Local Food Could Quadruple Job Growth
Days before the biggest food holiday of the year, the U.S. Department of Agriculture (USDA) has some big news for small food producers. The local food movement is padding farmers' coffers and employing four times more people than if those farmers focused only on national or international sales, according to a new report from the agency's Economic Research Service (ERS).
It's no secret that the USDA wants you to buy local food—they launched a "Know Your Farmer, Know Your Food" campaign back in 2009—but the agency's report adds some serious economic reasons to that push. It found that local food sales were bringing in as much as $5 million for some farmers, accounting for 61 percent of total sales. In a new blog on the agency's website, Deputy Secretary Kathleen Merrigan outlined some of the highlights of the report:
1. Local markets are important for a lot of farmers. ERS finds that a whopping 40 percent of all vegetable, fruit, and nut farms in the United States sell their products in local and regional markets. Nearly 110,000 farms across the nation are engaged. On average, these farms reported that local food sales accounted for 61 percent of their total sales. Almost two-thirds of the producers, regardless of size, reported that local food sales were at least 75 percent of their total sales.
2. The market for local foods goes well beyond direct-to-consumer sales. Direct sales from farms to consumers have been growing for two decades, rising 215 percent between 1992 and 2007. But for the first time, the new ERS report also looks at what are called "intermediated marketing channels," or sales from a farmer to a regional distributor, grocer, or restaurant, and then on to a consumer. Combined, those sales totaled nearly $5 billion in 2008. Intermediated sales were three times larger than direct-to-consumer sales—so in other words, farm sales to regional distributors, grocers, and restaurants are a big piece of the local food picture.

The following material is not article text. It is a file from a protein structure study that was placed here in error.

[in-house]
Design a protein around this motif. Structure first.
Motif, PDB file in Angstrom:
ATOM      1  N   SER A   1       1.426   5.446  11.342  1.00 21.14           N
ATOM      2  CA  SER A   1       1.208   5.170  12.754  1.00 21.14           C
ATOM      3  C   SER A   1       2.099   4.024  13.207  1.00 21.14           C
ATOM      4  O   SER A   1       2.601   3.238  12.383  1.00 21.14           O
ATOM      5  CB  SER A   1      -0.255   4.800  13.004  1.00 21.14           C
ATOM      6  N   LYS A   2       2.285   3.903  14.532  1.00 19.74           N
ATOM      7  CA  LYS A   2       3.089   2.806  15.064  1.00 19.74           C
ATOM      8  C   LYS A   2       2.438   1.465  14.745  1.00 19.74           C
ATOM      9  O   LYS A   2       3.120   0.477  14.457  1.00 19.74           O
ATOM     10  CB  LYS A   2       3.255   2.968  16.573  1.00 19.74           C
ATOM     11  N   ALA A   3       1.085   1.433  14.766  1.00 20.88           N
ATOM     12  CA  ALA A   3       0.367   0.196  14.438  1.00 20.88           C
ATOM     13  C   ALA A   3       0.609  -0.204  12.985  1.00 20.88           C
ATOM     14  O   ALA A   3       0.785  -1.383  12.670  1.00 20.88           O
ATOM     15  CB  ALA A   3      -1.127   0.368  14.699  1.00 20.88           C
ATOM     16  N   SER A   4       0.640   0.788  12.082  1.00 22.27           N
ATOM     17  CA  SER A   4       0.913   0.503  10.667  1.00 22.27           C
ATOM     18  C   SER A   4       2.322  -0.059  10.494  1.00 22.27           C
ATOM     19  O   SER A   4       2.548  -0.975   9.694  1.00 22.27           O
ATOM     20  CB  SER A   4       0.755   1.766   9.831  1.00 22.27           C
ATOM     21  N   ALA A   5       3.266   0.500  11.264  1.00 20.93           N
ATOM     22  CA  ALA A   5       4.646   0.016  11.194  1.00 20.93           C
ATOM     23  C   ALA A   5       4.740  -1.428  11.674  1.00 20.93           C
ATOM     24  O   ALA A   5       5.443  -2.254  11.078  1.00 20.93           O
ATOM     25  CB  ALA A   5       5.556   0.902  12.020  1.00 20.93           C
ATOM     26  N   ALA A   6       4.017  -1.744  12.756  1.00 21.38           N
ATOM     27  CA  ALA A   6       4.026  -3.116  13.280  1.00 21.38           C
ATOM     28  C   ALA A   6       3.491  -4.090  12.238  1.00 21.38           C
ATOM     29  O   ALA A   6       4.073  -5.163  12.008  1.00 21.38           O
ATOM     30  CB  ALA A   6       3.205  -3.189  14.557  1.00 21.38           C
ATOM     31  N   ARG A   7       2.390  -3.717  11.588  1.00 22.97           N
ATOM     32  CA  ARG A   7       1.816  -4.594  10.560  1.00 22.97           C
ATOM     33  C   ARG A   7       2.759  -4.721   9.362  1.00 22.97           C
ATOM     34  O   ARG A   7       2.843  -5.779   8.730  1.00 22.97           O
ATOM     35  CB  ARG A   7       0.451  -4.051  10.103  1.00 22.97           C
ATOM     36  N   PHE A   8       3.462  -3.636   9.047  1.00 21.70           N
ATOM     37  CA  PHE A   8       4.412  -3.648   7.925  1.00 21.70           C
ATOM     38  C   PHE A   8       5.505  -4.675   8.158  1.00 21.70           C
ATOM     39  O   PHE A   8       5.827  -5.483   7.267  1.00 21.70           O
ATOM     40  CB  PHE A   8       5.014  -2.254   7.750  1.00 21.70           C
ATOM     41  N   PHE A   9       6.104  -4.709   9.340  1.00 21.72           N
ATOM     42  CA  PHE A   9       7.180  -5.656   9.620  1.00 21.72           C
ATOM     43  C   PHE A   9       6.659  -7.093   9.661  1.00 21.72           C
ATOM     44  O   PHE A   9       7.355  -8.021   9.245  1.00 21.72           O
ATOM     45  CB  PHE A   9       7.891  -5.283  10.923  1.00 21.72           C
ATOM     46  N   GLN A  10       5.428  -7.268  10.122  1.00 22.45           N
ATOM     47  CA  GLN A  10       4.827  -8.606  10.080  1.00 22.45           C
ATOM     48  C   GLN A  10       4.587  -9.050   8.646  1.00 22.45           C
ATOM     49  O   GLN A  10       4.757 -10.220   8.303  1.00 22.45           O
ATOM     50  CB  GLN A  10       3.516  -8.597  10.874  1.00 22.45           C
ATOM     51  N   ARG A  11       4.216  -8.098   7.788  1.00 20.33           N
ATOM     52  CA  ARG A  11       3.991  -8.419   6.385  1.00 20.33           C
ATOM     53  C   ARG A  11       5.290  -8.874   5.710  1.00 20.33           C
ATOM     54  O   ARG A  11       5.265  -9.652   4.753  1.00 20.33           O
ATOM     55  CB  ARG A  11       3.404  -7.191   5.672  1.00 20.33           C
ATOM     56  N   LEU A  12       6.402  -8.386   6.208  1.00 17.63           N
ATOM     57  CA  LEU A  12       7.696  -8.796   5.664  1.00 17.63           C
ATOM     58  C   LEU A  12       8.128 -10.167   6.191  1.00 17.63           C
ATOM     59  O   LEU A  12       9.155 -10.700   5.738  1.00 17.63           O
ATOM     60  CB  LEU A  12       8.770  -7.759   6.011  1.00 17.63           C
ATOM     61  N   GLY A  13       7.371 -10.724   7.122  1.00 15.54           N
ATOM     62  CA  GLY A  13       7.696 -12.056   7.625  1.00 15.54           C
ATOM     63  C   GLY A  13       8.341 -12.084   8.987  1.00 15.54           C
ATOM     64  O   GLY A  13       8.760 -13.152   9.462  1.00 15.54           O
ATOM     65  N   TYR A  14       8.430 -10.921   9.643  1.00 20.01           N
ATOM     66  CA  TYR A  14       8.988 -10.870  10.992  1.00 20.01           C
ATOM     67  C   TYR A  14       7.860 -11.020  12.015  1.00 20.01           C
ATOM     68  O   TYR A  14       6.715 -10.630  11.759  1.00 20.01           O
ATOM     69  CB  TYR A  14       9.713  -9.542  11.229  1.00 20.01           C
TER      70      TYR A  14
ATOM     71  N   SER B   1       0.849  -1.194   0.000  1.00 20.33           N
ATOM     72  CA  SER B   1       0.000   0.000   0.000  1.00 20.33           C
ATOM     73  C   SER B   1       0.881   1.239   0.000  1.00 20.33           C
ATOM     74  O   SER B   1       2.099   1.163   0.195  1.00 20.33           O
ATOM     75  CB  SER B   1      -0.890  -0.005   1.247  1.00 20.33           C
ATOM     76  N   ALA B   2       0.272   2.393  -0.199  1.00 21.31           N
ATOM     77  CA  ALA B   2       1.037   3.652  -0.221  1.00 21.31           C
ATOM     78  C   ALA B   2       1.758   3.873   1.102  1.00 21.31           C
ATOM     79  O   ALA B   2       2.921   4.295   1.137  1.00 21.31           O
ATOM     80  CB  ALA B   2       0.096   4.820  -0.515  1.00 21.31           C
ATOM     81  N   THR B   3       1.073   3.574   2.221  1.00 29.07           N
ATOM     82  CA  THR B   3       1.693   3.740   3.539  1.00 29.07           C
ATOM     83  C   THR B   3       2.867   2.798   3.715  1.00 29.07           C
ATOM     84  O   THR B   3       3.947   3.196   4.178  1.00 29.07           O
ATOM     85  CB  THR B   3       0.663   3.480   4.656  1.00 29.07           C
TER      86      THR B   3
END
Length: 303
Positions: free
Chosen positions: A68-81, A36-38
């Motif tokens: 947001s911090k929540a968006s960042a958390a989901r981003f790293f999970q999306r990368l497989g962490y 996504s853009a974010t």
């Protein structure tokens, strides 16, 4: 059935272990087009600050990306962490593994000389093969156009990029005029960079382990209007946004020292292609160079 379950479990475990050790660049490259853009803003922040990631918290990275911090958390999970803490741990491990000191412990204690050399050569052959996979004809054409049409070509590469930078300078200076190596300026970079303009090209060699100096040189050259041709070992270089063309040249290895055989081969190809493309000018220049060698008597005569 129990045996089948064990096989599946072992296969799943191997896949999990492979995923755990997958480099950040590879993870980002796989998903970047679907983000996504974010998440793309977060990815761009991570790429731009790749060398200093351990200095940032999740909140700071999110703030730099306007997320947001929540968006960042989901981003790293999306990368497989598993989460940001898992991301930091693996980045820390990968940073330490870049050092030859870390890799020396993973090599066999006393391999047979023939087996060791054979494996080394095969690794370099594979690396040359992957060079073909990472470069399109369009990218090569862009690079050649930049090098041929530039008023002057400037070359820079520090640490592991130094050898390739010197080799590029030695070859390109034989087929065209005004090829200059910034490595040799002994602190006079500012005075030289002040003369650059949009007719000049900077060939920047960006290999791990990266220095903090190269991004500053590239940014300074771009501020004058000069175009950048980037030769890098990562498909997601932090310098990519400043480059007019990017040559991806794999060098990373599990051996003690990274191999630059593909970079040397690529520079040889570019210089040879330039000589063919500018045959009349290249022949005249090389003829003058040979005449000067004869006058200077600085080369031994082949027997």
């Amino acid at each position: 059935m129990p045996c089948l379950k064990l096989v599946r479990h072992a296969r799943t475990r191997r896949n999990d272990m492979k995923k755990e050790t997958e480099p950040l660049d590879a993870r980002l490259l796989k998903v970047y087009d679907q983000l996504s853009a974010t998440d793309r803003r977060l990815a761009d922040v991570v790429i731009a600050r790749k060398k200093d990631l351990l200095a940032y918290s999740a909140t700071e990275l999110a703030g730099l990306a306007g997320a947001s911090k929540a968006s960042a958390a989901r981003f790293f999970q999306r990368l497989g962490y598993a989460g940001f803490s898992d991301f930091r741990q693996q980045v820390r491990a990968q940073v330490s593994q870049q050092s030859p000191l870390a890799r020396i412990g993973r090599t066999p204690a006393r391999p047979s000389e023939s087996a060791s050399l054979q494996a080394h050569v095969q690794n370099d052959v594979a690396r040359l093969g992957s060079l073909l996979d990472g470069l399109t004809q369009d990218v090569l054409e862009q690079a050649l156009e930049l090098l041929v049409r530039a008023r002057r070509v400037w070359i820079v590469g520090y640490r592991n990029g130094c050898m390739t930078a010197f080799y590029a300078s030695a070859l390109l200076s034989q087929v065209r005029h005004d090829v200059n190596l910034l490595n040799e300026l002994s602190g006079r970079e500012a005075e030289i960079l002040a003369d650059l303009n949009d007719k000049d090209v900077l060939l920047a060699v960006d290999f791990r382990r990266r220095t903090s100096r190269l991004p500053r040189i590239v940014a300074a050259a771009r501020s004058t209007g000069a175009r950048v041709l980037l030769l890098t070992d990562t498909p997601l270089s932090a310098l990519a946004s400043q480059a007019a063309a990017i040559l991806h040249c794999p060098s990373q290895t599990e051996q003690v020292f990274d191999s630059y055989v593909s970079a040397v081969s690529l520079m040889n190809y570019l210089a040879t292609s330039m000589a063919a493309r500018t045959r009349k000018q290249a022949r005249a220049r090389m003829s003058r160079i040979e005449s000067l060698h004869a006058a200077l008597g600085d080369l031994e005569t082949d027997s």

3. Local doesn't necessarily mean small. Farms selling locally run the gamut from small to large—from those with gross sales under $50,000 to those grossing over $250,000. Large farms are more likely to sell to restaurants, distributors, and retailers than are small farms, and direct-to-consumer sales are evenly split between small, midsize, and large farms.
4. Local means jobs. One out of every 12 jobs in the U.S. is associated with agriculture, and local food plays a role in that. The ERS report finds that fruit and vegetable farms selling into local and regional markets employ 13 full-time workers per $1 million in revenue earned, for a total of 61,000 jobs in 2008. In comparison, fruit and vegetable farms not engaged in local food sales employed 3 full-time workers per $1 million in revenue.
This isn't the first report to show that local food economies could pull America out of this trench of stubborn unemployment. Back in August, the Union of Concerned Scientists found that investment in farmer's markets could generate 13,000 new jobs in five years. How's that for some deficit reduction?